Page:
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There is a constant barrier between the reader and his consciousness of immediate contact with the world.

William Carlos Williams

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Friday, January 29th, 2010

🦋 Reading difficult books

At The Millions, Garth Hallberg discusses Nabokov's Ada, or Ardor -- the "Difficult Book par excellence"; in the course of this discussion he describes the experience of reading difficult books with marvelous concision: "A willingness to let things wash over you can be the difference between sublimity and seasickness." Yes! I love this; I am adding it to my list of epigraphs for the site.

(via Conversational Reading.)

posted evening of January 29th, 2010: Respond
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Monday, February 16th, 2009

🦋 A book that would lend itself to being read aloud

...his favorite purple passage remained the one concerning the name "Guermantes," with whose hue his adjacent ultramarine merged in the prism of his mind, pleasantly teasing Van's artistic vanity.

Hue or who? Awkward. Reword! (marginal note in Ada Veen's late hand).

AWB (in the course of an amusing story about the film rights to Ada) calls it "the least filmable story in the history of fiction" -- she is probably right; but I am thinking it would work really well as a reader's theater. The sentences have such a vibrant energy, such rhythm, it would be a treat to hear them read aloud, with feeling. It seems like pacing is a crucial element of this story -- like wandering off in thought will detract from the reading.

posted afternoon of February 16th, 2009: Respond
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🦋 Ardor

A White Bear's post on re-reading Ada has got me sufficiently intrigued, I just pulled my copy off the shelf, thinking "I'm between books right now, why not take a look?" (I had been thinking of reading The Counterlife, but the opening pages turned me off sufficiently, I don't think I'm up for it.) A beautiful volume, I'm thinking as I open it. Folded inside the front cover is a family tree of characters from Anna Karenina -- in my hand, though I have no memory of creating it.* It was originally given as a birthday present from one person with a Russian name to another person with a Russian name, with a wish on the inside cover that the recipient might "someday find your Ada", which seems a little perverse given the incest angle. (I bought it used in NYC, I would say in about 1990.) The bookmark is a Foreign Exchange receipt from Bank of Jamaica, in the name of the person to whom the birthday wishes are addressed. These are nice details for drawing me in, before I've even begun to read.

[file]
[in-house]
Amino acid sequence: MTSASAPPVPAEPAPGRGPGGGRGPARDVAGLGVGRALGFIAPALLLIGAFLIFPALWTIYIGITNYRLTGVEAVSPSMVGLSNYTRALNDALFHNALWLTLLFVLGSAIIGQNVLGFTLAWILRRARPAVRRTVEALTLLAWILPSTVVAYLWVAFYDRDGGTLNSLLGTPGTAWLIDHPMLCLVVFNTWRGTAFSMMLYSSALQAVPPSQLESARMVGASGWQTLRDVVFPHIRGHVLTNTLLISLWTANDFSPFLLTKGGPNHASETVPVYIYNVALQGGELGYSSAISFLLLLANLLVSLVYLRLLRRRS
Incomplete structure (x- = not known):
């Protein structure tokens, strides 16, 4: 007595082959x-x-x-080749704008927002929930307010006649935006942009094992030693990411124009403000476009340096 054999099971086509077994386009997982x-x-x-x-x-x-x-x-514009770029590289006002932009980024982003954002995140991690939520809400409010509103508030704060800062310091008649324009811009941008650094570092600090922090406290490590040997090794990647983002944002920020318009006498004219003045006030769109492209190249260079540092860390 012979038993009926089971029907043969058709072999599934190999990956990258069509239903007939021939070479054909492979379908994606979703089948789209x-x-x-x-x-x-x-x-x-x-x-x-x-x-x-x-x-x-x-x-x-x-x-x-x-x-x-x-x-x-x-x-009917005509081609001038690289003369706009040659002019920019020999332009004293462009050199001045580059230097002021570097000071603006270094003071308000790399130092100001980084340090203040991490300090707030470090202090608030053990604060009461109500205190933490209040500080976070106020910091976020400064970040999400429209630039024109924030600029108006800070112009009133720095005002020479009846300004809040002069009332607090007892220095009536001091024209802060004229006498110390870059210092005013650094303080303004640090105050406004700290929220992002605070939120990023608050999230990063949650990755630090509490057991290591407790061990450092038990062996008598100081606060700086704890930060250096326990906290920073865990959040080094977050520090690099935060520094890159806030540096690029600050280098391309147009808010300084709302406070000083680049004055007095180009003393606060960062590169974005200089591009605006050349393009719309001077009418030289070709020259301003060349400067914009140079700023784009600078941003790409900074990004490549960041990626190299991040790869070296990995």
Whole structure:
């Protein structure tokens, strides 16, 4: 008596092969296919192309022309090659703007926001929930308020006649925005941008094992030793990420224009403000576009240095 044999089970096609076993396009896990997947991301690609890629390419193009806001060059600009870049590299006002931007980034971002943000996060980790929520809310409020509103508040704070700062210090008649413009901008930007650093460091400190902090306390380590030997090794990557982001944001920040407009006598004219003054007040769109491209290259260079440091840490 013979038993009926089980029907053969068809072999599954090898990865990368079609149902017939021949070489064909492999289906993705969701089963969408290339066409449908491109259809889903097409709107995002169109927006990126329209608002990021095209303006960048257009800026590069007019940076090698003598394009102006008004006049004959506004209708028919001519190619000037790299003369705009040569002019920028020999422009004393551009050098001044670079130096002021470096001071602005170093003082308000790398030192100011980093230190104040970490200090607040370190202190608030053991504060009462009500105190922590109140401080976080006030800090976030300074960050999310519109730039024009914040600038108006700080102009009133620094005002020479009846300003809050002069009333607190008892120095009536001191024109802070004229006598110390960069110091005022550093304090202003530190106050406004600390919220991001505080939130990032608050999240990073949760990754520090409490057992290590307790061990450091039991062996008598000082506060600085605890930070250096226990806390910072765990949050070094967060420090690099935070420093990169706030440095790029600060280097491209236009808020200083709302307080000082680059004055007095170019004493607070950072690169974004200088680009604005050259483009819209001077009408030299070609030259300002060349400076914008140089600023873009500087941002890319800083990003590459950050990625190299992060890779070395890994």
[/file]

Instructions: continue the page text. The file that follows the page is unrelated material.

* This is a little strange, honestly -- Ada makes plenty of reference to Karenina to be sure; but if memory serves, I read Karenina much later, in at least the mid-90's.

posted afternoon of February 16th, 2009: Respond

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